The centromere repositioning during karyotype evolution, the so-called evolutionary new centromere (ENC) formation, is rather a common phenomenon. It has been repeatedly described in different taxonomic groups as diverged as mammals, birds, and plants (Kasai et al. 2003; Nagaki et al. 2004; O'Neill et al. 2004; Galkina et al. 2006; Han et al. 2009; Skinner et al. 2009; Rocchi et al. 2012). Though mechanisms of ENC formation are obscure, an attractive hypothesis implies the following events: old centromere inactivation and neocentromere formation in a new euchromatic locus, with fixation of these first steps in population. The next events are the disappearance of satellite DNA at the old inactivated centromeres and accumulation of new satellite DNA at the new centromere positions with an evident elimination of their neocentromeric nature (Amor et al. 2004; Marshall et al. 2008; Piras et al. 2010). Does centromere repositioning in birds fit this model? Can we trace steps of ENC formation?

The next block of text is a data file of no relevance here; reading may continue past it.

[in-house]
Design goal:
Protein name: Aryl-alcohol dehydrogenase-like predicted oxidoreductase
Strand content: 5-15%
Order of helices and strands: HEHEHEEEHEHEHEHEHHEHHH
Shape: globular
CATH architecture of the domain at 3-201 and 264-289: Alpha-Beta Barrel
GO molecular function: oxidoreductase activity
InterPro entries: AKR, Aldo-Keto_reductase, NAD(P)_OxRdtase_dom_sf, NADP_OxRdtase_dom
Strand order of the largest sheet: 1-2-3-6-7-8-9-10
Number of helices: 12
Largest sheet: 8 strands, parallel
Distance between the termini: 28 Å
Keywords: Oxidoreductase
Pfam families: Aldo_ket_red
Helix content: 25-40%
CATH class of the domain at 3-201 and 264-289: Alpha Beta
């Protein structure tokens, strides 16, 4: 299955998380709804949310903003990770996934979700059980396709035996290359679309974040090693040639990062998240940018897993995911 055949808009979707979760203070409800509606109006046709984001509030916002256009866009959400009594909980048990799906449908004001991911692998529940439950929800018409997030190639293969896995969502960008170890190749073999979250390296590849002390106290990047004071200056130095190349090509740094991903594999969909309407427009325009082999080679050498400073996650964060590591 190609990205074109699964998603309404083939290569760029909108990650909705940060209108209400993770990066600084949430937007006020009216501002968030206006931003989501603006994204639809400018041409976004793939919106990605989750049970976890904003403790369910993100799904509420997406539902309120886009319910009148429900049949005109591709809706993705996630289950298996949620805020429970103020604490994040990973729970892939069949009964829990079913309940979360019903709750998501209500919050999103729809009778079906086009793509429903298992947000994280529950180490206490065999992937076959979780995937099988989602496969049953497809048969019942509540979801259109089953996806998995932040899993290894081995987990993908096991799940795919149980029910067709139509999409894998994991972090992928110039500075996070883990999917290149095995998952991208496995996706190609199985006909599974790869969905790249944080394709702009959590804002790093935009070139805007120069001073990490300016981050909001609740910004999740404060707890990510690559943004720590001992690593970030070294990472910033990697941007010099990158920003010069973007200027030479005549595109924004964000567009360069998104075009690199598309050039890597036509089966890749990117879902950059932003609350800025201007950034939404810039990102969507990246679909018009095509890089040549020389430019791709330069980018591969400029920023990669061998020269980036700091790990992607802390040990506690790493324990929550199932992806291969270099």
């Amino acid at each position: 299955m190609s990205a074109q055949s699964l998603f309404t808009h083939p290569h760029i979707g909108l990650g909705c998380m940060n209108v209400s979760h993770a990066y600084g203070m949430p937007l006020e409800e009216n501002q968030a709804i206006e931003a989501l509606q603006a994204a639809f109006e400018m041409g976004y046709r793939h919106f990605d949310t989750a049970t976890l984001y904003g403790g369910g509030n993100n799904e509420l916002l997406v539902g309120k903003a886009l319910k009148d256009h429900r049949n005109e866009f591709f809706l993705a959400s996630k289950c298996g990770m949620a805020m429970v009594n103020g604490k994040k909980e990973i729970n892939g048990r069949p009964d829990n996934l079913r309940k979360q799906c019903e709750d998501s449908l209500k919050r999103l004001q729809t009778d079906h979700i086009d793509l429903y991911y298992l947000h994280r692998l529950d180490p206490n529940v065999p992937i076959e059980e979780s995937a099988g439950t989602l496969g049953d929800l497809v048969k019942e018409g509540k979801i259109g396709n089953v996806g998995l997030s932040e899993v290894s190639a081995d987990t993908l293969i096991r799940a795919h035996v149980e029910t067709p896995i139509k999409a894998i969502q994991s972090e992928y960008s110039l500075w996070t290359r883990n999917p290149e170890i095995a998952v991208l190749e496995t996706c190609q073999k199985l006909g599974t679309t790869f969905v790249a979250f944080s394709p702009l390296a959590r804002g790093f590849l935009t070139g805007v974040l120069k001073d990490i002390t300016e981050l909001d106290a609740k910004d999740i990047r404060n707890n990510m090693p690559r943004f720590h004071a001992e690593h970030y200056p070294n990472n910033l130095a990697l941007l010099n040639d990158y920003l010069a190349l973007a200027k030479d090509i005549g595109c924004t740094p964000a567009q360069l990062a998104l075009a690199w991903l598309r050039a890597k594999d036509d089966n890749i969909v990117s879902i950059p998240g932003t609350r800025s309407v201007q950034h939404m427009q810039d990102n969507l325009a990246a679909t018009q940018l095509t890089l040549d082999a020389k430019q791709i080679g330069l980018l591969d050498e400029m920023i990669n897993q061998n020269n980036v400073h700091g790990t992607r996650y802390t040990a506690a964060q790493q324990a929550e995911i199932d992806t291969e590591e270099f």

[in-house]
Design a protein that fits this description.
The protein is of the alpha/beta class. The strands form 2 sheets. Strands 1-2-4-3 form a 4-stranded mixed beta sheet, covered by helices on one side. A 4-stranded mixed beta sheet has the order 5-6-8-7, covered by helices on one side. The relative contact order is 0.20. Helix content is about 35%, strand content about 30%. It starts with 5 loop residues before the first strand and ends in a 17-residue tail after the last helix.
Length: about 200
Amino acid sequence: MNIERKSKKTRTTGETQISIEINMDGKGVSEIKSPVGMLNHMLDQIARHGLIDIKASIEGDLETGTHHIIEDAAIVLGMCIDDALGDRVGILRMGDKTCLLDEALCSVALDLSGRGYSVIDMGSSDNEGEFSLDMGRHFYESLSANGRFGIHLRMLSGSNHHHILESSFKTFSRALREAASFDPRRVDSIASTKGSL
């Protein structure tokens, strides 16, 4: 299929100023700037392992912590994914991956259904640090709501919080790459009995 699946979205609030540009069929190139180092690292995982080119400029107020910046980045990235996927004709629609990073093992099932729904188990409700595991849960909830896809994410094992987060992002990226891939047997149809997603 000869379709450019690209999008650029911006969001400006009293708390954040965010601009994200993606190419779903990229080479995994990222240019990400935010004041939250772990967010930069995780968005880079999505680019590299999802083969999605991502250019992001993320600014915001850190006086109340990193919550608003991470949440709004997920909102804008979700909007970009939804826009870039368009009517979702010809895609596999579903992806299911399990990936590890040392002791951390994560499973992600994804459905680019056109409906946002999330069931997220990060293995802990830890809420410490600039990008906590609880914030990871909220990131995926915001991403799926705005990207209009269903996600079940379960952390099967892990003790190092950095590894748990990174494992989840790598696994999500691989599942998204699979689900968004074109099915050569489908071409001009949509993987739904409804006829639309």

For a long time, the information about centromere-specific sequences in birds was limited to a few satellites identified in several species (Matzke et al. 1990; Solovei et al. 1996; Tanaka et al. 2000; Saifitdinova et al. 2001; Wang et al. 2002; Krasikova et al. 2006; Deryusheva et al. 2007). Even in extensively studied galliform species, such as chicken and quail, primarily microchromosome-specific centromeric repeats were well characterized (Matzke et al. 1990; Tanaka et al. 2000; Krasikova et al. 2006; Deryusheva et al. 2007). A recent comprehensive analysis revealed elusive centromere DNA specific for chicken chromosomes (Shang et al. 2010). We expected to see a difference in centromere organization between chromosomes with centromere position preserved in the same genetic environment during karyotype evolution (chromosome 2) and chromosomes with centromeres shifted along chromosomes (chromosomes 1, 3, and 4). Surprisingly, these chromosomes have similar genome organization of their centromere regions: Centromeric sequences are organized in typical tandem repeat arrays and must have derived from a common ancestor, at least partially (Shang et al. 2010). Given the fact that more than 30 million years separate the chicken and Japanese quail, chicken centromeres could accumulate satellite repeats being transformed into “mature centromeres.” On the other hand, chicken centromeres might represent ancestral centromeres whereas ENC formation occurred in quail karyotype evolution. Without extensive comparative analysis including centromere positioning on orthologous chromosomes from out-group karyotypes, the directionality of ENC formation is ambiguous. Sex chromosome Z is the most frequently and extensively rearranged chromosome in bird karyotypes (Griffin et al. 2007; Nanda et al. 2008). Centromere repositioning was predicted for chromosome Z when Pekin duck and chicken karyotypes were compared (Skinner et al. 2009). In fact, non-tandem-repeat sequences were found to form functional centromere of chicken chromosome Z (Shang et al. 2010). This type of centromere organization is expected for early events of centromere formation. Another candidate for finding of newly formed centromere is chromosome 5. The centromere of this chromosome in chicken also does not contain tandem repeats typical of well-established centromeres (Shang et al. 2010).